#WhyIScience Q&A: A molecular biologist boosts experimental science with innovative new methods

Aziz Al’Khafaji shares his approach to science and his thoughts on the value of team-based research.


Aziz Al'Khafaji
Credit: Allison Dougherty, Broad Communications
Aziz Al'Khafaji

When he began his undergraduate studies at the University of Central Florida, Aziz Al’Khafaji was initially interested in a career as a physician, so the idea of being a research scientist was not on his radar. Through a fortunate enrollment in an undergraduate research program, Al’Khafaji quickly found his passion in the lab.

Motivated to get a more holistic understanding of what he was researching in the lab, Al’Khafaji expanded his tracks of studies to include molecular biology, biotechnology, and chemistry. Unless he could examine a problem at all levels, he said, he’d worry about what he might be missing.

During his graduate work in cell and molecular biology at the University of Texas at Austin, Al’Khafaji explored his interest in methods development. He created an experimental tool known as ClonMapper, which enables scientists to identify and characterize cellular clones and isolate them so they can be studied further. While pursuing his PhD, Al’Khafaji split his time between Austin and Boston, where he collaborated with Cathy Wu and Catherine Gutierrez at the Broad Institute of MIT and Harvard and Dana-Farber Cancer Institute. They worked together to use ClonMapper to study clonal dynamics and tumor evolution in chronic lymphocytic leukemia.

He enjoyed the collaboration — and seeing the application of his method to a real biomedical problem — so much that he decided to focus his postdoctoral work on developing and optimizing new experimental methods. Working in the labs of Broad core member Paul Blainey and institute member Nir Hacohen, he developed a sequencing approach that can resolve RNA isoforms resulting from genes that are alternatively spliced. Known as Multiplexed ArrayS sequencing, or MAS-seq, the method gives researchers a much finer resolution tool for studying the transcriptome than previous methods, and it will soon be published in Nature Biotechnology (online now as a pre-print publication).

Al’Khafaji is now the associate director of technology development at the Genomics Platform and leads Broad’s new Methods Development Lab, which he launched in 2022. The lab builds, optimizes, and shares innovative tools like MAS-seq and other -omics-based technologies and engages closely with researchers applying the methods. We spoke with him about how his interest in philosophy has influenced his research and about the impact of new methods on biomedical science in this #WhyIScience Q&A.

Q: How has your interest in philosophy informed your academic and scientific careers?

As early as I could remember, I was always thinking about topics like morals, ethics, purpose, happiness, and epistemology. The rigor and process of philosophical thinking really helped out when it came time for me to apply the scientific process and think through things.

With these approaches, I try to take a holistic view and go back to first principles and ask: With the tools we have now, how can we completely reimagine this process and how are we stuck in existing ways of thought? The momentum in a given field can often be so great that it becomes limiting and hard to escape. If we’ve been using a certain technology for decades, that’s a red flag to me that there could be a better way to do it now.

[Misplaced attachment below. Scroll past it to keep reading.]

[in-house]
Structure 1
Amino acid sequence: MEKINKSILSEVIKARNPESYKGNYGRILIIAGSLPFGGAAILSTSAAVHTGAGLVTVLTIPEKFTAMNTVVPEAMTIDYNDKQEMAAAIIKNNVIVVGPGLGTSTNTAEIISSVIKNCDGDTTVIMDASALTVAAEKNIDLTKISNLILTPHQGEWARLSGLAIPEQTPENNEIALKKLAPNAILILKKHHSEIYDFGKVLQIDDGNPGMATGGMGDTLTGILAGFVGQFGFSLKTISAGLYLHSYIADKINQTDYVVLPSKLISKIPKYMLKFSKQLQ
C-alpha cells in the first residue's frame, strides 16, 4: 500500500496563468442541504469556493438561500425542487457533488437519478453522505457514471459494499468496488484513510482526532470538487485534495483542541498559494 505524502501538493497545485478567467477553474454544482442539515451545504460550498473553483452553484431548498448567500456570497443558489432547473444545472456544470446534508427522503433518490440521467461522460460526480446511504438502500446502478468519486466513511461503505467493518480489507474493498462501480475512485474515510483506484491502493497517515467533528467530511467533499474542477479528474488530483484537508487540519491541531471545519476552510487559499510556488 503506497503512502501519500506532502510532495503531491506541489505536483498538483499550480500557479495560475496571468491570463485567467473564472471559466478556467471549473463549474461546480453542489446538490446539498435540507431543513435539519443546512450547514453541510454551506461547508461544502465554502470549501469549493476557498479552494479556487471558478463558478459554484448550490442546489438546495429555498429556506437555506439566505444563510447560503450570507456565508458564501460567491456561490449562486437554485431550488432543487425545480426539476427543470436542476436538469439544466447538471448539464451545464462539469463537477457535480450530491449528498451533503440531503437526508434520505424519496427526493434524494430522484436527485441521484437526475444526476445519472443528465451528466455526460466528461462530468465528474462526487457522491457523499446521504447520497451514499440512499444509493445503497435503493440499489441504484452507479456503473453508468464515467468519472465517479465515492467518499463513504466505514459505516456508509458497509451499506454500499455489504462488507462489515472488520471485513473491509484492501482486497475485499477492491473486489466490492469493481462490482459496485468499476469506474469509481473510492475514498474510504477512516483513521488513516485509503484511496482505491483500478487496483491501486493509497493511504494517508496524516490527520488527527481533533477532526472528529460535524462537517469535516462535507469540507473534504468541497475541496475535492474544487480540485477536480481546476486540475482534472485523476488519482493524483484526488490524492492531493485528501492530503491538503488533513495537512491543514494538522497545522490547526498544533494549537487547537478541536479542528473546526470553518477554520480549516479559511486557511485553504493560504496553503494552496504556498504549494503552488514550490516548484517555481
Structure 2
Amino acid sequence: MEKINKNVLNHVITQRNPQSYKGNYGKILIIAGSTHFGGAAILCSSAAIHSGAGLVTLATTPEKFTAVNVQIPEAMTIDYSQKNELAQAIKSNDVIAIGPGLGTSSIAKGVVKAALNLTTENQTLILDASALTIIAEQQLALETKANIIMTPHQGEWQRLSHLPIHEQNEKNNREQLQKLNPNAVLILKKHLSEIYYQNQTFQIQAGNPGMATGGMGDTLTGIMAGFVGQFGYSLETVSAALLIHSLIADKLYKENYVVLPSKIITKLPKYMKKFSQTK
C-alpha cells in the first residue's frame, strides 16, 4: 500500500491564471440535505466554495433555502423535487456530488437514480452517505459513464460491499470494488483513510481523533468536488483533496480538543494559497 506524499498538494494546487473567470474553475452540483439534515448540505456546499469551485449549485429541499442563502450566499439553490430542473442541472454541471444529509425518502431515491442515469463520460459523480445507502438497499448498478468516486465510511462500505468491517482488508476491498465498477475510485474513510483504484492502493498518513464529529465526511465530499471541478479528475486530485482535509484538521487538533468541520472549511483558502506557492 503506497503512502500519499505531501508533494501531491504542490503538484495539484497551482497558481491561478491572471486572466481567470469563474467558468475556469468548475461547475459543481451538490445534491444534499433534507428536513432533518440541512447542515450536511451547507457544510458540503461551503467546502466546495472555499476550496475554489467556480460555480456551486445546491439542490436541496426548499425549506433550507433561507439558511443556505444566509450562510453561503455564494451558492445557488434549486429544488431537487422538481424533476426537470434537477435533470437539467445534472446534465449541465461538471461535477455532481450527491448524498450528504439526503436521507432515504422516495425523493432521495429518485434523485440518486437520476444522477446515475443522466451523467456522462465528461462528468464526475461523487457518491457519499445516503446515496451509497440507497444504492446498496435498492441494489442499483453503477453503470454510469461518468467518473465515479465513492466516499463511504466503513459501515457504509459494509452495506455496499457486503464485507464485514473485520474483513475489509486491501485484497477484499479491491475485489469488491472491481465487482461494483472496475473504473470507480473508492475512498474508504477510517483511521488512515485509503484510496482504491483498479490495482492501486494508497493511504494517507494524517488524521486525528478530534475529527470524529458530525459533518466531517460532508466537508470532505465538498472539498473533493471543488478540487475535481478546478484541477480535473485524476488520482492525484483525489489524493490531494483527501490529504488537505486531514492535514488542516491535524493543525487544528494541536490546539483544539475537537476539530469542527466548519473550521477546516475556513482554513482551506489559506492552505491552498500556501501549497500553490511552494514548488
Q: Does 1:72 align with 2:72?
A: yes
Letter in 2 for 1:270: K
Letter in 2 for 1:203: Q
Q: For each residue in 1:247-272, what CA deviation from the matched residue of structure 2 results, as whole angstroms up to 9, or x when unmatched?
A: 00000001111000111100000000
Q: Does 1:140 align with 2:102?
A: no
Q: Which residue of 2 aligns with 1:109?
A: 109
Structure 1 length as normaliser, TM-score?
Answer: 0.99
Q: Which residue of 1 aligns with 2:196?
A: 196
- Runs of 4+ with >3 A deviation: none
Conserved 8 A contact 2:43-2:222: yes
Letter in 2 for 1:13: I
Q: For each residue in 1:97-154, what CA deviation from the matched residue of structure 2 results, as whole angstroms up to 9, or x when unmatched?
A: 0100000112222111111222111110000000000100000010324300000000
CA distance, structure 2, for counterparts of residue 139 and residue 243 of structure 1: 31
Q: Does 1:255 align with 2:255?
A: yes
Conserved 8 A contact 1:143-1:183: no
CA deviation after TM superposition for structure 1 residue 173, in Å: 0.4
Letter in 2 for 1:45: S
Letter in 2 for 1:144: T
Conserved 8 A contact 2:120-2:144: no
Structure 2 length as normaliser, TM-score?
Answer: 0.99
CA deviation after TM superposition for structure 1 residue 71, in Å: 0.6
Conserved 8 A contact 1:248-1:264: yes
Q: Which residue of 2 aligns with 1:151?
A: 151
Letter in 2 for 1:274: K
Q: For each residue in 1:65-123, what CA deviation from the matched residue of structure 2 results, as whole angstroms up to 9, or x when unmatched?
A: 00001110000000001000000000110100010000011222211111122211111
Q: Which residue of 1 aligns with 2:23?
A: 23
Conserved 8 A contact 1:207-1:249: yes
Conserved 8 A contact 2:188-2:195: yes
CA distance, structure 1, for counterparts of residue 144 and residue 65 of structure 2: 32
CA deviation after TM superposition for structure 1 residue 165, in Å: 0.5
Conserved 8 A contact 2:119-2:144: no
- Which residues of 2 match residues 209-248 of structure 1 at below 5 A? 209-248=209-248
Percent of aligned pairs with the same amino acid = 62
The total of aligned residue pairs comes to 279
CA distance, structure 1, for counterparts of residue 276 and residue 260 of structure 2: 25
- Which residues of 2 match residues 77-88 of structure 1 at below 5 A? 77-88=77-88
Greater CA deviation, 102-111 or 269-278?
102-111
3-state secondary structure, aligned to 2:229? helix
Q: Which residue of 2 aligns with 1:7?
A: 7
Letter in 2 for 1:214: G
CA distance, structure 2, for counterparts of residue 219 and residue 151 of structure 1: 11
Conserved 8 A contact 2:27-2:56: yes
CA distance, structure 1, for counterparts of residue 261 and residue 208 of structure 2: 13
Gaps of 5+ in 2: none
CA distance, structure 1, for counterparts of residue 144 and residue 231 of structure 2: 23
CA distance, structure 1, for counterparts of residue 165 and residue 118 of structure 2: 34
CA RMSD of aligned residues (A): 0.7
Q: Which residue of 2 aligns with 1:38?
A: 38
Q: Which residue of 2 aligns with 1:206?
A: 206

Q: Why is it so important to keep developing and refining our experimental methods?

As scientists, we run experiments, collect and analyze data, and evaluate it along with previous work in the field. From this, we synthesize a model in an attempt to describe the complex phenomena that we're studying. I like to think of this as “data-driven storytelling.” And so as scientists, the stories we tell are necessarily constrained by the data and evidence we collect. From this, it reveals the influence that methods development has on our scientific understanding and ultimately paradigms that are formed.

In the Methods Development Lab, we try to pay special attention to this dynamic and we specifically aim to develop methods that enable an expanded perspective. It’s amazing when we have very powerful technologies to do precise things, but we need to ask if there are ways we can complement those and be more expansionary in that space.

Q: How do you ensure that the methods you develop reach the scientists who need them?

In the Methods Development Lab, we’re excited to get on the front lines with people using our tools and make sure their experiences are enabling and inspiring further refinement. We also aim to make methods that are accessible and that can be applied at scale. The lab is a part of the Broad’s Genomics Platform, where we have incredible expertise in productionizing and automating workflows, bringing necessary scale to these efforts.

Q: What’s been most rewarding about your work?

Early in my scientific career, I learned that uncovering the beauty and complexity of biological systems is fascinating. But I learned that it’s also a social science. The breadth and depth of things you’re trying to tackle is immense: no one human has expertise to answer these questions alone. I came in excited about the science, but what I also ended up really loving about this career path is the human aspect of this work — brainstorming with people who have different experiences, expertise, and perspectives, with each person seeing something different. When I’m going to those meetings, I can’t wait to share ideas with friends and colleagues and understand how they see this problem and how they’re going to tackle it.

The Broad Institute is a marketplace of ideas and there’s so many inspiring things going on. We’re excited to keep pushing the boundaries of experimental capabilities to support research at the institute and beyond.